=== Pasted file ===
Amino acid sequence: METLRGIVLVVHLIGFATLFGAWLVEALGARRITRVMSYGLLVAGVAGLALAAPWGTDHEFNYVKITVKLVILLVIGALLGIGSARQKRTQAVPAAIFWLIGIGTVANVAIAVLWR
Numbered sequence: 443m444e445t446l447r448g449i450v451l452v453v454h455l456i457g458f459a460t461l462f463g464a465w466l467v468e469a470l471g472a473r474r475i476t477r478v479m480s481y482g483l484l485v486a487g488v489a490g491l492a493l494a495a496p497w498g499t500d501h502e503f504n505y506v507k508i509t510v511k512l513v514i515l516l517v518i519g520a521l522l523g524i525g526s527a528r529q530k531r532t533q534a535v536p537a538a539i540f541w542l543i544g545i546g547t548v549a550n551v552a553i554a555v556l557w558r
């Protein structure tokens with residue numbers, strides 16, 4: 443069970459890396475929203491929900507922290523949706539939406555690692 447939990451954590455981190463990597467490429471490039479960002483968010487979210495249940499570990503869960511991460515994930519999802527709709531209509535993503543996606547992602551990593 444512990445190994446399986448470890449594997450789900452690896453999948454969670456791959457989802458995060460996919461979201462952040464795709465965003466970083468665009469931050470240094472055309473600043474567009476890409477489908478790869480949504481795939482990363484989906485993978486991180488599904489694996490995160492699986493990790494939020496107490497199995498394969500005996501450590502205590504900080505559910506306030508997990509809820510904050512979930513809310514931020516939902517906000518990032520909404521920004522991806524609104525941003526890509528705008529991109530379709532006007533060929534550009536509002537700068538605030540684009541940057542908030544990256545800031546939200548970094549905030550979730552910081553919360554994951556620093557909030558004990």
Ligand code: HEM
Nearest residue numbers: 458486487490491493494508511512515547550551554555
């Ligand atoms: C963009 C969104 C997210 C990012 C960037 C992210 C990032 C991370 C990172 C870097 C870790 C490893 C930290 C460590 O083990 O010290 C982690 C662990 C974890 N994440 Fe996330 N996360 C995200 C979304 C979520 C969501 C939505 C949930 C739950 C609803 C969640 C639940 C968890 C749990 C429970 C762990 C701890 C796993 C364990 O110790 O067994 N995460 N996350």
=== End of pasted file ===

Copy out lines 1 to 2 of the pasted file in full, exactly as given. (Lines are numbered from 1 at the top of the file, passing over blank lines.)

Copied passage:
Amino acid sequence: METLRGIVLVVHLIGFATLFGAWLVEALGARRITRVMSYGLLVAGVAGLALAAPWGTDHEFNYVKITVKLVILLVIGALLGIGSARQKRTQAVPAAIFWLIGIGTVANVAIAVLWR
Numbered sequence: 443m444e445t446l447r448g449i450v451l452v453v454h455l456i457g458f459a460t461l462f463g464a465w466l467v468e469a470l471g472a473r474r475i476t477r478v479m480s481y482g483l484l485v486a487g488v489a490g491l492a493l494a495a496p497w498g499t500d501h502e503f504n505y506v507k508i509t510v511k512l513v514i515l516l517v518i519g520a521l522l523g524i525g526s527a528r529q530k531r532t533q534a535v536p537a538a539i540f541w542l543i544g545i546g547t548v549a550n551v552a553i554a555v556l557w558r